On or about this day 6 years ago, July 2015, Keith and I were standing in the front yard when the gastro doctor called. They found colon cancer in Keith after a routine colonoscopy, probably Stage 2, and it had to come out. It was hot outside. We were bewildered. Surgery was in order. A little over 2 weeks later, we were giggling in the holding room before surgery, because that’s what we do.
I’ll give you the long version of the story another time, but for now, suffice it to say that Keith’s health went South fast. Saving the details for later, the doctor cut a ureter by mistake in surgery, and it wasn’t discovered until many days, much suffering, a second “exploratory” surgery which yielded “nothing”, and lots of gnashing of teeth later. It took a lot of research, wrangling, lobbying, insisting, and yet a third surgery to get Keith fixed. Thirty-one days later we went home, ready or not. Then we were back in the hospital twice more, once with Keith suffering from DVT and enough pulmonary embolisms to kill a guy and again with CDIF and MRSA he probably contracted from any one of those sorties around the hospital.
We learned so much. I want to tell you all the things. I want to tell you about the unknowns, the fear, the failures, and the fights. I want to tell you about the 3 am conversations we had about what Keith wanted me to do with the business and what he wanted me to tell the children after he was gone.
Right now, though, let me tell you that the biggest take-away from that whole, horrible nightmare of an experience was that both Keith and I were given THE OPPORTUNITY to be who we are deep inside – strong, brave, persistent, determined, adamant, resolute, committed. Our patience was tested (understatement of the year!). Our love was tested (this makes for a whole book!). Our stamina was tested (beyond measure!). Keith survived, and I didn’t fall apart and worked to keep him alive, because we had to use those parts of ourselves, dig them out, sharpen them, and wield them. This OPPORTUNITY was thrust upon us, and this is what we CHOSE to do with it. Believe me…he and I both could have chosen differently many times throughout that whole experience.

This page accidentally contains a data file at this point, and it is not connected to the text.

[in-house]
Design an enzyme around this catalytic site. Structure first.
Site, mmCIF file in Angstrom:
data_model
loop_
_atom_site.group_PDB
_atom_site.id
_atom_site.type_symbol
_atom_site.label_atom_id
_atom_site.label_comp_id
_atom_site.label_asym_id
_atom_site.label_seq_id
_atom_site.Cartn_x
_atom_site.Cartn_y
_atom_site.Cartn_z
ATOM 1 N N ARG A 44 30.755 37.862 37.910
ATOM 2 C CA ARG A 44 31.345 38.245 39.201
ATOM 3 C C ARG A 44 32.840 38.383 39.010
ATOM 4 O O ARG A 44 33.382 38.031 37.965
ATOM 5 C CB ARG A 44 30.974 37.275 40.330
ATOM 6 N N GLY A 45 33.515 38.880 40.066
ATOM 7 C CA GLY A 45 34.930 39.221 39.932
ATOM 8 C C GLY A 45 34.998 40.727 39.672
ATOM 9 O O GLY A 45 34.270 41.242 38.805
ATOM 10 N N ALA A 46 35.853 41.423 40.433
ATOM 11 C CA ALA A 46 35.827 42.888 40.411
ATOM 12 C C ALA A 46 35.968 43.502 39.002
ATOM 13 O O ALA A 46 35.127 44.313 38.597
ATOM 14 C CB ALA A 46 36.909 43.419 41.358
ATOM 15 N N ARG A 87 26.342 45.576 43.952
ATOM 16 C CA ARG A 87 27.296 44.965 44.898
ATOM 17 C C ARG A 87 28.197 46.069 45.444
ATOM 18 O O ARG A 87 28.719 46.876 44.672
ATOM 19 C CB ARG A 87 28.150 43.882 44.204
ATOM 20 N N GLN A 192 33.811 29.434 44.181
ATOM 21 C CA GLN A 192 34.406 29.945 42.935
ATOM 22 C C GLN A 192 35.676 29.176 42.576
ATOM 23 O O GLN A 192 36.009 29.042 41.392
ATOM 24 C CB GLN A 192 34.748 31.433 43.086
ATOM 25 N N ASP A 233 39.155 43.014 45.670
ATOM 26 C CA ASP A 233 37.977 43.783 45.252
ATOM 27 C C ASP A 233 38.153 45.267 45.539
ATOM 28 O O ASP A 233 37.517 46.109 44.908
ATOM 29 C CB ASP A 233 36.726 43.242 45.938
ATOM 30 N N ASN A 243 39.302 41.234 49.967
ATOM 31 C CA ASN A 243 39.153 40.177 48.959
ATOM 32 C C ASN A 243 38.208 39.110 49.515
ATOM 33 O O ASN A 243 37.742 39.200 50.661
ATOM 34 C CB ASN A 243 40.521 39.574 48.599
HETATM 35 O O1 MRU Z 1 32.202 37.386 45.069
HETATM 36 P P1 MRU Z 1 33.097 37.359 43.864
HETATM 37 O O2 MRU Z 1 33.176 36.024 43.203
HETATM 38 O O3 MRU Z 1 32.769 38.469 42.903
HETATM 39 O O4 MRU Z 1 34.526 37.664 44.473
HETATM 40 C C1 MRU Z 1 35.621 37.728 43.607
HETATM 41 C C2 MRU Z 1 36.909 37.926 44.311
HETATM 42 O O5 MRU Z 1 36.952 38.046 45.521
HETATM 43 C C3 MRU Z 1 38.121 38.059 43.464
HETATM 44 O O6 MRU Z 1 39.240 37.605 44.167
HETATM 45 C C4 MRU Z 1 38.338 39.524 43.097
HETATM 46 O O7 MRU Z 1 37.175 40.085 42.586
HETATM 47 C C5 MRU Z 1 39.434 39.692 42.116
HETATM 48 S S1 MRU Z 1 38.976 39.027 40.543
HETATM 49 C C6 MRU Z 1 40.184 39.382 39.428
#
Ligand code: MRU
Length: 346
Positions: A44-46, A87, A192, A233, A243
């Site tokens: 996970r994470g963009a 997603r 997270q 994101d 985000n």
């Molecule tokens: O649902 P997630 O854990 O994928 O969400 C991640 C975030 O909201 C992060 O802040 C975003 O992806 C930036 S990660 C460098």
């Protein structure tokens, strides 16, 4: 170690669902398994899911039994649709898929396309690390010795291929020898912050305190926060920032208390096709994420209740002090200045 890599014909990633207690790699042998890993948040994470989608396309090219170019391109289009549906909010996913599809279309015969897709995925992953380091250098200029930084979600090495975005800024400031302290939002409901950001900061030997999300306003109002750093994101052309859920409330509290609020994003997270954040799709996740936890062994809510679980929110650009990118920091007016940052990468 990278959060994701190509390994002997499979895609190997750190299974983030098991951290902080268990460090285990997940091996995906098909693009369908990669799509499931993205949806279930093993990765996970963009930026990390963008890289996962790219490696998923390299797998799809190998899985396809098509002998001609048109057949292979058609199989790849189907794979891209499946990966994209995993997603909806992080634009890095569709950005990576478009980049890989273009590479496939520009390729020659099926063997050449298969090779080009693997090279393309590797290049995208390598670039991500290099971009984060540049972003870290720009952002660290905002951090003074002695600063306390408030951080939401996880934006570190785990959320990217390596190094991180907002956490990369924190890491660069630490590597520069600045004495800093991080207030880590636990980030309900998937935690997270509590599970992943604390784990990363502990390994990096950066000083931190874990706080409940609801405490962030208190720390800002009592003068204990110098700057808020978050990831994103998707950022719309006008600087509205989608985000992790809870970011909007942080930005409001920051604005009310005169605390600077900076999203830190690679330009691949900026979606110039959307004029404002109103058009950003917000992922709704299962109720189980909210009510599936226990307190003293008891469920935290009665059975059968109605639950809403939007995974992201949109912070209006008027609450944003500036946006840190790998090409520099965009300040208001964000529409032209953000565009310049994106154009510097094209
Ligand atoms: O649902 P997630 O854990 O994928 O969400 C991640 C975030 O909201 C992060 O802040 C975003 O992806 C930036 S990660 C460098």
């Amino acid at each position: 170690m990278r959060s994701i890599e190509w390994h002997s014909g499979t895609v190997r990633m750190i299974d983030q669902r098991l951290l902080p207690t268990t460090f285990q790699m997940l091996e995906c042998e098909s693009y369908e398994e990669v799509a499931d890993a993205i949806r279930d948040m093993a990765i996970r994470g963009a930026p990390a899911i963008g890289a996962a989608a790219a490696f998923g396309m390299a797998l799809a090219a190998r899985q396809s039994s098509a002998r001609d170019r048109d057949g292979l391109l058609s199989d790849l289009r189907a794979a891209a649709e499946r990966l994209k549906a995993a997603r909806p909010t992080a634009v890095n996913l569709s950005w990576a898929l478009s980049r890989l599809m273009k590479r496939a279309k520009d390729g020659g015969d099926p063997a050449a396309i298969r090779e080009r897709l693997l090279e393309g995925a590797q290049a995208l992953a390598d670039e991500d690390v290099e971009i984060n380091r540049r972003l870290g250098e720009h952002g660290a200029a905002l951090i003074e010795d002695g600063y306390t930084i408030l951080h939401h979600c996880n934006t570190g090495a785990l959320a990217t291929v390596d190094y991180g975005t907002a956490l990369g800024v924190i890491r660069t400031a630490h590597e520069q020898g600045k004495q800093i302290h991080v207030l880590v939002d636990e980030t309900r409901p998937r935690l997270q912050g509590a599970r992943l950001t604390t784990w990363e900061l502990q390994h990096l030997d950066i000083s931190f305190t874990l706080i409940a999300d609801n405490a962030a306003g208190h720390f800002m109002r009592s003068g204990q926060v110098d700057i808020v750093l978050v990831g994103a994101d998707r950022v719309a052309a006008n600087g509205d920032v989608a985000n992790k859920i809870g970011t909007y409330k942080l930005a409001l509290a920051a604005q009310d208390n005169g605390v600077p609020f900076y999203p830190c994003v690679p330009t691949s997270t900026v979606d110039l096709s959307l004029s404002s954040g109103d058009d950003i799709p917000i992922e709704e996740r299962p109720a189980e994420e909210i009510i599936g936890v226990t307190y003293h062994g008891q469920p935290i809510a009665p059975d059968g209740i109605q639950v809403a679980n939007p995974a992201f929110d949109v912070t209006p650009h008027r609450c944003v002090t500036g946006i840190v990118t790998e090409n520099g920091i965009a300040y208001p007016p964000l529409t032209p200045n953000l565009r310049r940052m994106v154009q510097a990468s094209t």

Not gonna lie…we both have a little PTSD now. If Keith gets sick, my sword and shield come out instinctively, and I ready for battle. It’s exhausting. When we walk in the door of a doctor’s office, I swear sharp, little pins of emotion and fear and dread stick us all over. There is meaning to us attached to the smell of the hospital, and we pick it up right away when we enter. Just thinking about getting a shot or going in for a test makes Keith’s heart skip a beat. Thoughts of the surgeon who made the mistakes give us disdain in our hearts, and I’m not sure we’ve forgiven him for what he did to Keith or that we are capable of that yet.
Someone asked me the other day, though, how we feel now that it’s behind us. My immediate thought was LIKE VIKINGS! We marched in that damn door for surgery and were freaking giggling in the face of it with complete ignorance of the battle we would ultimately fight. We fought the battle, ragged and broken, loud and without letting fear get the best of us. I charged in day after day and took on the army of naysayers, discouragers, neglecters, and frankly, liars, we were surrounded by. Keith kept pushing, kept fighting, kept willing himself to make it, through incredible pain, needles, mind-altering drugs, and surgeries. I protected and demanded. I plotted and forced. Keith tried and struggled. He withstood and wrestled. Absolute VIKINGS. We did it. We made it. We beat it. And we could scream it right now, like the bearded, dirty, chiseled, painted, hellish, angry, disheveled Vikings you imagine in your head, fists raised and by God, triumphant.
Keith’s last every-6-months appointment was Wednesday. He is well, and there is no high probability that the same cancer will return. After a few years, one is 90% in the clear, so his being 6 years out makes for an optimistic future. He will get a colonoscopy soon, and depending on its outcome, probably annually. The cancer checks will also now happen yearly, and for all this we are grateful and hopeful.
The months of August and September will be hard for us. They are every year. We relive the experience, recall some of the horrors, and marvel at the posts I made back then when they come up in our social media memories. But we will also remember the victories, savor the thoughts of some cool moments we shared in wee hours, and appreciate the people who were so good to us, helped us, and saved us. Here’s to opportunities, PTSD, and the Viking mentality we would have never known without cancer. It took me a few years to be able to be thankful for it, but I am. I’m even more thankful that we still have Keith.